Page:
Mary’s parents are St. Joachim and St. Anne. What we know about them comes from tradition and from apocryphal writings (writings that are in the style of sacred Scripture but are not believed to have been divinely inspired). The Protoevangelium of James written around A.D. 150 describes them as a wealthy couple who were infertile for many years, leading Joachim to fast for 40 days and nights in hopes of having a child. Mary’s birth was announced by an angel, leading to much rejoicing on the part of Joachim and Anne. The story also explains that Mary was consecrated to the Lord and went to live in the temple at the age of 3.
It’s hard, from our perspective, to know how much of this is historically accurate. It seems fair to say that though some of the story is probably embellished by imagination, there may be elements of truth in it. It’s fairly likely that the names of Joachim and Anne would have been remembered accurately over the years, even if the precise details of their lives were not. As the grandparents of Jesus, St. Joachim and St. Anne have long been honored by both the Eastern Church as well as by Roman Catholics.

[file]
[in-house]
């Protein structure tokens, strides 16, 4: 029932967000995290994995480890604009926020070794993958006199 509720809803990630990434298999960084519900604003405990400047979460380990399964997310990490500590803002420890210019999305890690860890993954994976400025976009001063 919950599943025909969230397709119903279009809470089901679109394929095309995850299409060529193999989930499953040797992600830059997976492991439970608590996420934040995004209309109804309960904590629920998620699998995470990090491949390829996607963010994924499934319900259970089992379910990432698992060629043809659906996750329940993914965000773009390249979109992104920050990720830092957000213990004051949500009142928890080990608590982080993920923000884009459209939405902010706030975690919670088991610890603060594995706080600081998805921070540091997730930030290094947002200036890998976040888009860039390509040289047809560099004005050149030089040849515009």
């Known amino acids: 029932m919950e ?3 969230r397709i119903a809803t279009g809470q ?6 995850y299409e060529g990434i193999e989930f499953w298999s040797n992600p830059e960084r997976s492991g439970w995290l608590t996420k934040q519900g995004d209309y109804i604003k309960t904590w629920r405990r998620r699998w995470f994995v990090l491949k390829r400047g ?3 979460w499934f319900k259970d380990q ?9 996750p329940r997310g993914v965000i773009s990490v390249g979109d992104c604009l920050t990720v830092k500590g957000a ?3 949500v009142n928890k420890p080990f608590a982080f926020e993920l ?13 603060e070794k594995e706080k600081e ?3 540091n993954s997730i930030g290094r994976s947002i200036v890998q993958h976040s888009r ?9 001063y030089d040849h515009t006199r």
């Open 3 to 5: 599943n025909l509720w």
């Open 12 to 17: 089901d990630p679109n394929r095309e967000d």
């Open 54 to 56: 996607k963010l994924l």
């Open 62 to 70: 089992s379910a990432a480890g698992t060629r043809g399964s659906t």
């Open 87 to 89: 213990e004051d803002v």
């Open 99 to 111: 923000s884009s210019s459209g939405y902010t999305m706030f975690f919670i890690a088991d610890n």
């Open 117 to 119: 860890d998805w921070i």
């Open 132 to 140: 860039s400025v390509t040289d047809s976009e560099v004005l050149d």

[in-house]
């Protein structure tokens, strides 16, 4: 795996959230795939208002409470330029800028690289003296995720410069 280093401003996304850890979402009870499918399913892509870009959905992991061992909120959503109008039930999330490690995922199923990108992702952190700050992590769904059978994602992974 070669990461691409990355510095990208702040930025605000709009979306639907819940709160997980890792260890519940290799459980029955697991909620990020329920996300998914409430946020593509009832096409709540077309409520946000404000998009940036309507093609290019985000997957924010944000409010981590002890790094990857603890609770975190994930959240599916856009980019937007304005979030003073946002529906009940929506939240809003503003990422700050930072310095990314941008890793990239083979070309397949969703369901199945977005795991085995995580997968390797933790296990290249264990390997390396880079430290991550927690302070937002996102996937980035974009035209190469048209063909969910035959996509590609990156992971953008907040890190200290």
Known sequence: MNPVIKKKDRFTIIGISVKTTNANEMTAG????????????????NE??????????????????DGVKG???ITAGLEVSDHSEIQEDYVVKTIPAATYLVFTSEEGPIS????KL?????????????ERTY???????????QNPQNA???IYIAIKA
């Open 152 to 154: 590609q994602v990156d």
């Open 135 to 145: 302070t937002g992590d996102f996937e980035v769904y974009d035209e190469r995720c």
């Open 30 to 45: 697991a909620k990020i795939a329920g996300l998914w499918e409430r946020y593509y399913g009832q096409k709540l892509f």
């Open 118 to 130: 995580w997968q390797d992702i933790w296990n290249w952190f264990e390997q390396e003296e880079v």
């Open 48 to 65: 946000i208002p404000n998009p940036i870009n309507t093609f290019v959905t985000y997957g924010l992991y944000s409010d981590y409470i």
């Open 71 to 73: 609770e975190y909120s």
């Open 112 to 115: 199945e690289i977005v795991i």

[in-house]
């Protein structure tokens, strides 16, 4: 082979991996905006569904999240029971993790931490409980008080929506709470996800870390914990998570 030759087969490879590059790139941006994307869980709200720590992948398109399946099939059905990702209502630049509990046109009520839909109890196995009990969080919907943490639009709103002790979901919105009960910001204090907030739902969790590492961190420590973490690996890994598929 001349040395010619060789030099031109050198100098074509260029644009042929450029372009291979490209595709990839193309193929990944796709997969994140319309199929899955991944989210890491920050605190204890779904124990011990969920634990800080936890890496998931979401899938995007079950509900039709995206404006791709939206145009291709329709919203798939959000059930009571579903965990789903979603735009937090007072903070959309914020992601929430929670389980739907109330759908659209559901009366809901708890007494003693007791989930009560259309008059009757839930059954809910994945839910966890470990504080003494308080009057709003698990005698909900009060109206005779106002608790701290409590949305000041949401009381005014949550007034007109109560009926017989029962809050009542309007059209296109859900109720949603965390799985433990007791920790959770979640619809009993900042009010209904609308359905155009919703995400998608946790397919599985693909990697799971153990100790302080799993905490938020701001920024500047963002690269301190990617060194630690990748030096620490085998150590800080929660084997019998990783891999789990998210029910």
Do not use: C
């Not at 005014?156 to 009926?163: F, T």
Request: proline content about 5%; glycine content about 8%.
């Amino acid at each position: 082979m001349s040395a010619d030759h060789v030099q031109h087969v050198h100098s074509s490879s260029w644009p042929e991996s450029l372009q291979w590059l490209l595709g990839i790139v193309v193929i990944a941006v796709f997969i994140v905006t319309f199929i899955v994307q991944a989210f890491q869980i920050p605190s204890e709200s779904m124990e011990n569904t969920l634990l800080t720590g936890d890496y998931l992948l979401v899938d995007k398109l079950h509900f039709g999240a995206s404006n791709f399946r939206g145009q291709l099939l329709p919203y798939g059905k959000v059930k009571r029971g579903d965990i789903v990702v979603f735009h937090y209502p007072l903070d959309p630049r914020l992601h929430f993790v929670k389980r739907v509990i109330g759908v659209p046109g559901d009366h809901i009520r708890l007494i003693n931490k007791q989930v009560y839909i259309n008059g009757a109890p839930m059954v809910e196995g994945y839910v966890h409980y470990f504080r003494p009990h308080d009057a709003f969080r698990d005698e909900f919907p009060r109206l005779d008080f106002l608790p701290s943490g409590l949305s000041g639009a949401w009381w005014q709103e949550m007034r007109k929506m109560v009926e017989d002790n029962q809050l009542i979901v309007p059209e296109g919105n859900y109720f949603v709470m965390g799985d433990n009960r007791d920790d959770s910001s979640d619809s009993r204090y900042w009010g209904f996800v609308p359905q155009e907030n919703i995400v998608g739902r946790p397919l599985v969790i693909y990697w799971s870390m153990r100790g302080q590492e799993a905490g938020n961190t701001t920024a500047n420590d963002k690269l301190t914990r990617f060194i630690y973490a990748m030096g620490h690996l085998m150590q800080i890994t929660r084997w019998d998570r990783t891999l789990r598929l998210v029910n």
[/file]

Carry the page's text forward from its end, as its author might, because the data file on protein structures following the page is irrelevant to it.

According to the Gospel of Matthew, Joseph’s father was Jacob (Matthew 1:16). According to the Gospel of Luke, Joseph’s father was Heli (Luke 3:23). Various explanations have been offered as to this discrepancy, but the one that has received the most acceptance is that Jacob and Heli were half-brothers (same mother, different fathers). It is proposed that Heli was married but died before he had any offspring. Jacob then took Heli’s widow in the levirate marriage” (Deuteronomy 25:5-6), and this marriage produced Joseph as offspring. This would make Jacob the biological father of Joseph but Heli would be the legal father.
As for who St. Joseph’s mother was, no account exists in either Scripture or tradition. This is not all that unusual, since under both secular and religious law at the time it was the lineage of the father that was considered of importance and therefore was preserved.
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